How many draws did Bozak win on Friday night, like maybe his first ten or so? It was a small window into the impact that the young pivot has had more often than not in games so far during the 2011-’12 season. One night it’s taking on the task of checking a good offensive center on the other team; another it's being on the ice in the dying seconds while protecting a lead, or scoring a key goal during a Leaf comeback.
Against the Islanders, it was not only his work on face-offs but also his sweet play to set up Crabb for a huge short-handed goal in second period to restore the Leafs’ two-goal lead—one they would never relinquish.
That play worked on a number of levels, besides being another example of Bozak’s often inspired (and more assertive) play with the Leafs this season. First, it halted the bleeding on the Leaf penalty kill, after the Islanders had knocked home a power-play marker to make it a one-goal game early in the second period. But maybe more importantly, it gave the Leafs back that two-goal cushion—and deflated the Islanders while boosting the Leafs’ psyche.
I posted on Bozak not long ago (click here) because I see in his development something we have no doubt all witnessed a number of times over the years with different young Leafs (and players from other organizations, too, of course).
That is, most players—those who aren’t in classic elite superstar mold, those rare guys who seem to slip seamlessly into a first-line role offensively or a top pairing on the blueline—need to broaden their game pretty quickly. If they are ”goal scorers”, for example, the coaching staff will often demand that they work on defense. (Kadri being a classic current example in Toronto.) It’s not enough to simply rely forever on what made you stand out in junior hockey. Players may have to get bigger, stronger and quicker in most cases to keep up here. They are expected to play hard in all zones of the ice and cut down on costly turnovers. All this is drilled into them so that, ultimately, they can thrive and become a sound all-around player in the best league in the world.
Bottom line, it generally takes time to keep meeting the challenge of higher expectations, broader coaching demands and the relentless reality of the outstanding everyday opposition they face pretty much every night at this level. It takes time for a player to achieve that balance of confidence, maturity—along with the wisdom acquired through the ups and downs of extensive game-experience—that is required to play to their potential.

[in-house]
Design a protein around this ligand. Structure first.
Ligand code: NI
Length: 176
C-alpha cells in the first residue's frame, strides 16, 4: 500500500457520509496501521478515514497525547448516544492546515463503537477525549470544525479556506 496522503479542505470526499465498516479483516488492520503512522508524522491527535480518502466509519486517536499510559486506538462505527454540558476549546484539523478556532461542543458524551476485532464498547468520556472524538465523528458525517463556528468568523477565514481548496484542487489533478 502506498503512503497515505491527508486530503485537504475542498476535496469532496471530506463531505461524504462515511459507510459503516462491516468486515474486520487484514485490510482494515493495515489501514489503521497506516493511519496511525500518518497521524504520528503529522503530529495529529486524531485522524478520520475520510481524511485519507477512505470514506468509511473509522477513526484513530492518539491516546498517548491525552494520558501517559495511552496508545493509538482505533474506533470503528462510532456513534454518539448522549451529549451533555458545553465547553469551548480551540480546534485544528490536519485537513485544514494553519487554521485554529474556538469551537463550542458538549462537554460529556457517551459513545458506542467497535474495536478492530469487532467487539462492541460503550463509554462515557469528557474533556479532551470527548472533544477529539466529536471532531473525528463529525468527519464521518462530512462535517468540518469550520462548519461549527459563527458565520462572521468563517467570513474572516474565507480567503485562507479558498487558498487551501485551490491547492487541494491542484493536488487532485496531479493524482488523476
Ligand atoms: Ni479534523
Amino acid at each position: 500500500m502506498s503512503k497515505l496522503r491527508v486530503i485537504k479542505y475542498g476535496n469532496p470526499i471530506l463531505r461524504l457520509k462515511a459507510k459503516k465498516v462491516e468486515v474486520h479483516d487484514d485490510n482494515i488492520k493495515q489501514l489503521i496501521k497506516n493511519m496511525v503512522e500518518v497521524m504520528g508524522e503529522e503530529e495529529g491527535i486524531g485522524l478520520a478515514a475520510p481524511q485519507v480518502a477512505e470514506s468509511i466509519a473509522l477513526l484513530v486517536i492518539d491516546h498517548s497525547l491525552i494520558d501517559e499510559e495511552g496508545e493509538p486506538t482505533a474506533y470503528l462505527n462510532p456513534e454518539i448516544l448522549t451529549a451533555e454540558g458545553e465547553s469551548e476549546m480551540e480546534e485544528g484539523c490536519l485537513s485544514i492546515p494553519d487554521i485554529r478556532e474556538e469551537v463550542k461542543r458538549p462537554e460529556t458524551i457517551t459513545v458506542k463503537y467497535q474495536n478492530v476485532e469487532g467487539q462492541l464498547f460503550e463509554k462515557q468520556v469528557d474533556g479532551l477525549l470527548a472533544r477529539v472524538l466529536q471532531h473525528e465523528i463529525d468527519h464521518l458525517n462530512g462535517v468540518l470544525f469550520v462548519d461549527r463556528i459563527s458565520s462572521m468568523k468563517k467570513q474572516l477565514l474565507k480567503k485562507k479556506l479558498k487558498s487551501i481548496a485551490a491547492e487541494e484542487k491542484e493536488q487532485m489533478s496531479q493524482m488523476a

For Bozak, it has meant (after a surprising and promising rookie season out of college) a somewhat un-fulfilling sophomore season a year ago, when he was a square peg pushed prematurely into a round hole on the Leaf “number-one” line—such as it was last season.
But now in year three, he is an imperfect player, yes, but one showing he has picked up some important things along the way. Importantly for me, he has shown a knack for not getting down on himself and just working hard to get better. And better he has gotten, in ways large and small.
I like his all-around game, and this is one guy I feel good about trumpeting, because I have said here many times (especially last season when he was seen to be struggling, including with an un-impressive plus-minus total) that he had and has more to give. I like his skill, his hands, how he sees the ice, and I like that he did not let the criticism he must have heard last season slow his determination—or his progress.
Pretty much, I like that he is good now and should only get better. He is a young player, like Frattin, who has a higher ceiling than what we are seeing now, and can be an important player when the Leafs are really good.
Warm wishes for a Merry Christmas to all those who have taken the time to visit the “Vintage Leaf Memories” site. I appreciate the many thoughtful comments, your feedback and value your support and the broad readership here. I hope to hear from some of you.